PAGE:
Asian American Literature: An Introduction to the Writings and Their Social Context

By Elaine H. Kim | Go to book overview

4
Portraits of Chinatown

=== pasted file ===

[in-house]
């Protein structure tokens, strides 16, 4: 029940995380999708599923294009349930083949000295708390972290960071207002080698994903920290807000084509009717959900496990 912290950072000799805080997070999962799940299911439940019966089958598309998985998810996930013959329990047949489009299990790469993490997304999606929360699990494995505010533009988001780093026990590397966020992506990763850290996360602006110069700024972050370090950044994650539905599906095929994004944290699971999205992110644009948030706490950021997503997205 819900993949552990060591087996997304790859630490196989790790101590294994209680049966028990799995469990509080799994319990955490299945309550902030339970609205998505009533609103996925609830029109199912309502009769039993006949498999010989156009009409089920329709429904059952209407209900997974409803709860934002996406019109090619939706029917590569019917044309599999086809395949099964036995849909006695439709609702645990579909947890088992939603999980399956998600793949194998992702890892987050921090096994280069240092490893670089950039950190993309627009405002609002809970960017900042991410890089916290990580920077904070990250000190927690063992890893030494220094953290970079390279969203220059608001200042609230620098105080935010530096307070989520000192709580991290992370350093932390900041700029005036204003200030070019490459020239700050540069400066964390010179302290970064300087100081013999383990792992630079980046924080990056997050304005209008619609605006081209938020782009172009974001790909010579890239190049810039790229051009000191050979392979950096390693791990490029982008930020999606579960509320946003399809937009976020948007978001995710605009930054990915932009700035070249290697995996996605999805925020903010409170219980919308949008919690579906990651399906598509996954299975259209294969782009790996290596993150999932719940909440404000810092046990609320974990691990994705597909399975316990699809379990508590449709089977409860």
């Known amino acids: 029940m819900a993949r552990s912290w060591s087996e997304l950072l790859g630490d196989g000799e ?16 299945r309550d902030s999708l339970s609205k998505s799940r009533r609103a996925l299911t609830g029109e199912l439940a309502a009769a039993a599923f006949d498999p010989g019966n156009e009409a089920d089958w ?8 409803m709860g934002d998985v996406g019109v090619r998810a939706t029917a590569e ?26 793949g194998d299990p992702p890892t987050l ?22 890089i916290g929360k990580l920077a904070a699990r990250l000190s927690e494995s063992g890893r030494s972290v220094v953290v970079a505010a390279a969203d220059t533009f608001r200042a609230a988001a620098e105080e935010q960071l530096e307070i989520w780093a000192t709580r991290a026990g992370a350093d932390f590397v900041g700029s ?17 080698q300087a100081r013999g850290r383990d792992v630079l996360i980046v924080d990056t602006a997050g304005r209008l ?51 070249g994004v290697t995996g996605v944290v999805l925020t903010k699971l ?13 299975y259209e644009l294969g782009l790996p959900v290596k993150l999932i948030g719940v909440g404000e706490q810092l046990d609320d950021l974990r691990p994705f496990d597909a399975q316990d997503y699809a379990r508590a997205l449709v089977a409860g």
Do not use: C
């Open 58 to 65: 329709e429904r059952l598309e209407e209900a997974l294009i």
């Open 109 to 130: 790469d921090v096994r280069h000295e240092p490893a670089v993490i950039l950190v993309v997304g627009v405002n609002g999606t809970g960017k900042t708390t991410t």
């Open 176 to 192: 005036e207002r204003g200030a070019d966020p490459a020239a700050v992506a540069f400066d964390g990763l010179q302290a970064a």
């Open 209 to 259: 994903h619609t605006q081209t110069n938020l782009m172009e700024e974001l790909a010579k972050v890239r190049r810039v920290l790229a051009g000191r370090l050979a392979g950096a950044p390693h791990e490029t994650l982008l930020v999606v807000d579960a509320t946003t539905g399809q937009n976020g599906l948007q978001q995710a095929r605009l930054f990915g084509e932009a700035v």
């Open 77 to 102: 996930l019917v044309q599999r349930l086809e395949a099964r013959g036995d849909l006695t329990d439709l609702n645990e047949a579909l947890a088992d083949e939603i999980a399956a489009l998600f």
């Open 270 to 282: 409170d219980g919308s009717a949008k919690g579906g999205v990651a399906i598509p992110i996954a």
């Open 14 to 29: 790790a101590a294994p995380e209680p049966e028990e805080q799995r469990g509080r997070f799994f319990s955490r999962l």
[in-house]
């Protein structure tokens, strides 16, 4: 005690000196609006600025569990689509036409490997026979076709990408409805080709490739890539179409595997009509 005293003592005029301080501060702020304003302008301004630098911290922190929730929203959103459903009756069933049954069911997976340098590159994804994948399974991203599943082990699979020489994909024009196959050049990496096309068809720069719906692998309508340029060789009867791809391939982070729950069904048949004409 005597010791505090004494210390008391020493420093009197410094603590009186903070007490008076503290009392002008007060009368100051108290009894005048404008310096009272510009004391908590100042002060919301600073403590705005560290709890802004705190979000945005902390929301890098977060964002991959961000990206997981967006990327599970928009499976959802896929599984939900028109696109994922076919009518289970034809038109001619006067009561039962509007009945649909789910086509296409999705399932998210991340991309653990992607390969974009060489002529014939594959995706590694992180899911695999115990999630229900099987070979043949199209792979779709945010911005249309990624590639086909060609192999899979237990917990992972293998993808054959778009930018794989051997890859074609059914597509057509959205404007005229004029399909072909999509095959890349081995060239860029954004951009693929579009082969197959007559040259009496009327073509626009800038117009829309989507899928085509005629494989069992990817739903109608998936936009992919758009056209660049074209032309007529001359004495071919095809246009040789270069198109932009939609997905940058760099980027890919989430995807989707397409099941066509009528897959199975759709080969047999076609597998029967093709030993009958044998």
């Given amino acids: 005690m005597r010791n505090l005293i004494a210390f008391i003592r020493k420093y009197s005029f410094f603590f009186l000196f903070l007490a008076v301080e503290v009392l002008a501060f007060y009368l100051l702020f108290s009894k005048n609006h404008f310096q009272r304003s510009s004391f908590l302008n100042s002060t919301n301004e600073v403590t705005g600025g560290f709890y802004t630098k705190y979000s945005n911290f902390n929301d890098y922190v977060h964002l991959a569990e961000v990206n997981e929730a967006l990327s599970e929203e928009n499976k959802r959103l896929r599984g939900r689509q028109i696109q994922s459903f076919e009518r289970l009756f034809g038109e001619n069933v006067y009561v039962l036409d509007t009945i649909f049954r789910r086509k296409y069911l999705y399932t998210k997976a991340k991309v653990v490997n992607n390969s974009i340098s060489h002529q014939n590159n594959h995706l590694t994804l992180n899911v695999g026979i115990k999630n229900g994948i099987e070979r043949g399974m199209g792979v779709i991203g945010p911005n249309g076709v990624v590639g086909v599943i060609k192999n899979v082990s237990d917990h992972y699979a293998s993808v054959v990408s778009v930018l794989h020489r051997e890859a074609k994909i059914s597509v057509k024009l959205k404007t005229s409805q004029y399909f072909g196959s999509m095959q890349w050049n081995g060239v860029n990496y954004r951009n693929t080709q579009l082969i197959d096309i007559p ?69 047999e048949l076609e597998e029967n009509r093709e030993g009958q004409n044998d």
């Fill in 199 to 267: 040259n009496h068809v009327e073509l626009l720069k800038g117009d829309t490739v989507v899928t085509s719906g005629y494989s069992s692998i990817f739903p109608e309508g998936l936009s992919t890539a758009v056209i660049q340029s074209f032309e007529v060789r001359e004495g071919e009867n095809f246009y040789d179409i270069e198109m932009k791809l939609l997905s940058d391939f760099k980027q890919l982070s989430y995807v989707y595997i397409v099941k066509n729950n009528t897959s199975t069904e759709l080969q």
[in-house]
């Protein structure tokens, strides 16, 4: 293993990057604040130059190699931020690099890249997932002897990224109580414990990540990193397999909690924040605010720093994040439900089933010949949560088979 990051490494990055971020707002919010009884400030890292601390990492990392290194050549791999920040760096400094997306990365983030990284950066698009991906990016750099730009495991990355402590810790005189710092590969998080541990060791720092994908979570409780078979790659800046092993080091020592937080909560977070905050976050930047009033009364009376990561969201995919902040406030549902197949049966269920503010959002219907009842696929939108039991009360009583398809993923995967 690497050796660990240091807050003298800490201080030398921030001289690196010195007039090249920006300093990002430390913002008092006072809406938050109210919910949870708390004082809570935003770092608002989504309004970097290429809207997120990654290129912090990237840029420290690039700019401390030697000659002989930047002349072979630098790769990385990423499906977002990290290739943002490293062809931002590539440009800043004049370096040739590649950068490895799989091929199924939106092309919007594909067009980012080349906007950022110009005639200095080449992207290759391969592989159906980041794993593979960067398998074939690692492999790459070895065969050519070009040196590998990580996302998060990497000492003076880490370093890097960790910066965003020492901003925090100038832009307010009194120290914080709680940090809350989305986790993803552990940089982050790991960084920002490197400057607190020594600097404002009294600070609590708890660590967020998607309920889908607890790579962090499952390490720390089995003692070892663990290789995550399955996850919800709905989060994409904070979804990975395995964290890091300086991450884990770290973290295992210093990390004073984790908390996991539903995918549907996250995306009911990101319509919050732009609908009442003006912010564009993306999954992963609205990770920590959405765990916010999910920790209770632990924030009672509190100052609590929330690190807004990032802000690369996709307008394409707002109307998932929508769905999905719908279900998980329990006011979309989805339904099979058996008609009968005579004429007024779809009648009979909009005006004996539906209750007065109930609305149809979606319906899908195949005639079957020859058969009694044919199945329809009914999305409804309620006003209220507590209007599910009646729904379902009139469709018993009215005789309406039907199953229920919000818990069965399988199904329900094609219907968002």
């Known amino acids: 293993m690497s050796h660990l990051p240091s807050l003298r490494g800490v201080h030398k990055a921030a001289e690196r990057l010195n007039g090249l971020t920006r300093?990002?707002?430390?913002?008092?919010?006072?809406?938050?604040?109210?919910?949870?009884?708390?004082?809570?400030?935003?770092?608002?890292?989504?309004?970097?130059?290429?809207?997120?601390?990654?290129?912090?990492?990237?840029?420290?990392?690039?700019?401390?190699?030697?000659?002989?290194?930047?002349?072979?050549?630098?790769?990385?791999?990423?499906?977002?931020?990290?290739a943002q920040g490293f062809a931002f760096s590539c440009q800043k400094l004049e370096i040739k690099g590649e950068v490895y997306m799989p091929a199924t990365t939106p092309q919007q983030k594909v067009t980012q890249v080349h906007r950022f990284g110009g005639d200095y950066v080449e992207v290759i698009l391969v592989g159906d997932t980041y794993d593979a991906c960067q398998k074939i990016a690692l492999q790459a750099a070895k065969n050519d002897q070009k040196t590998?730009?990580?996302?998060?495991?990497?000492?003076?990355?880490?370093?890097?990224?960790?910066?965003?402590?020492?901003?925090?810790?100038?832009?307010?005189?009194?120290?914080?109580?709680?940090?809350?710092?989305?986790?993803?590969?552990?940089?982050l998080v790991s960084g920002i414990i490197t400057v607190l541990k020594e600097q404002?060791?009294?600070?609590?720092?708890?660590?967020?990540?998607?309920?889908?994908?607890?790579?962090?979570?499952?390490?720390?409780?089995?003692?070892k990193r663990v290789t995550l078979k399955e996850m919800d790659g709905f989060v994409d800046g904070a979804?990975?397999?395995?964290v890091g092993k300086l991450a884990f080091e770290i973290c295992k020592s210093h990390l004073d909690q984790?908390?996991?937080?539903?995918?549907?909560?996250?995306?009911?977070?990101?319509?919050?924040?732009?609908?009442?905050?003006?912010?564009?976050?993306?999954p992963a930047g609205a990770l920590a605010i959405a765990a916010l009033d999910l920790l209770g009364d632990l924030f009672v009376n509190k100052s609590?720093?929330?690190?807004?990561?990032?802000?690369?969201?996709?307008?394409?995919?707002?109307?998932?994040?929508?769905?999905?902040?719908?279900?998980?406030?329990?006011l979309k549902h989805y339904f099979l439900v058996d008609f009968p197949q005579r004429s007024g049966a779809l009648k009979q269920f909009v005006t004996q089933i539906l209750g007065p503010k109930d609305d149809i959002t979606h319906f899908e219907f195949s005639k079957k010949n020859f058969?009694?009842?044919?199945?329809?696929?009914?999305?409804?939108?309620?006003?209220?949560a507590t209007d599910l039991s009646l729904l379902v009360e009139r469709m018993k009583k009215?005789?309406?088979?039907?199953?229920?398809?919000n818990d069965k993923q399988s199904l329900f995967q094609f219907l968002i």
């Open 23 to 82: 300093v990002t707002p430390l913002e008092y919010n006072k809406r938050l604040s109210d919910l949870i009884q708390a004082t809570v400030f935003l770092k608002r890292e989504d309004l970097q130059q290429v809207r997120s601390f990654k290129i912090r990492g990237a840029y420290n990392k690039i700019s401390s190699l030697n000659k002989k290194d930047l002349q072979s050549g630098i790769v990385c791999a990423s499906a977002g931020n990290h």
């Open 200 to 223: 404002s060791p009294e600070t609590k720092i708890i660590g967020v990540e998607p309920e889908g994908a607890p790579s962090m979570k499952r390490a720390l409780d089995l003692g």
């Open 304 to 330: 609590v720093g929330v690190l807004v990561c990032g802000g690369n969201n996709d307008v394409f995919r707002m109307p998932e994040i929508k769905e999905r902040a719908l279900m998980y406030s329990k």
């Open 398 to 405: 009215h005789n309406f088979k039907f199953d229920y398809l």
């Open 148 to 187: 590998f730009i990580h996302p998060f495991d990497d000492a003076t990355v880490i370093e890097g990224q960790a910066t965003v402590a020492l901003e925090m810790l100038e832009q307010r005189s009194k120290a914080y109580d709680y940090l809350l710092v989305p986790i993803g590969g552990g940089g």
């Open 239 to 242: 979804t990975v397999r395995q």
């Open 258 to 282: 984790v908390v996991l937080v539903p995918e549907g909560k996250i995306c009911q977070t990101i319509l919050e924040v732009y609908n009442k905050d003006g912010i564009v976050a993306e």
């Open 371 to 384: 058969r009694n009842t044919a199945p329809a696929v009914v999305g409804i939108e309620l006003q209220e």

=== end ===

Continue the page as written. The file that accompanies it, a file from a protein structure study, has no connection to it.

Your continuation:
Asian immigrants' autobiographical writing can provide important insights into the social history of particular groups as well as apt portrayals of community life. The autobiographical writing of Younghill Kang and Carlos Bulosan offers readers a vivid understanding of the writers' self-image within the social context of the Korean and Filipino American experience. But East Goes West and America Is in the Heart are more than mirrors of their creators; they are windows into Korean and Filipino immigrant community life. Second-generation Asian American autobiographers, preoccupied as they seem to be with trying to win individual acceptance in American society, often present a much less complete view. Their efforts to win acceptance are perhaps more desperate because they cannot take comfort in the possibility of finding a place in any society but America's. The negative attitudes towards the Chinese American community expressed in Lowe Father and Glorious Descendant and the exoticized depiction of Chinatown life presented in Wong Fifth Chinese Daughter present only a partial picture of community life. Both Lowe and Wong are primarily concerned with the issues facing American-born Chinese, particularly within the context of their immigrant families, and this orientation represents but a fraction of the concerns within the Chinese American community at large. Even during the times described in the two books, the vast majority of Chinese in America were single men or "married bachelors" -- men separated by miles and years from their wives and families in China. Chinatown life was largely organized around the needs of these womanless, childless men who had been segregated from participation in the mainstream of American life by race discrimination.

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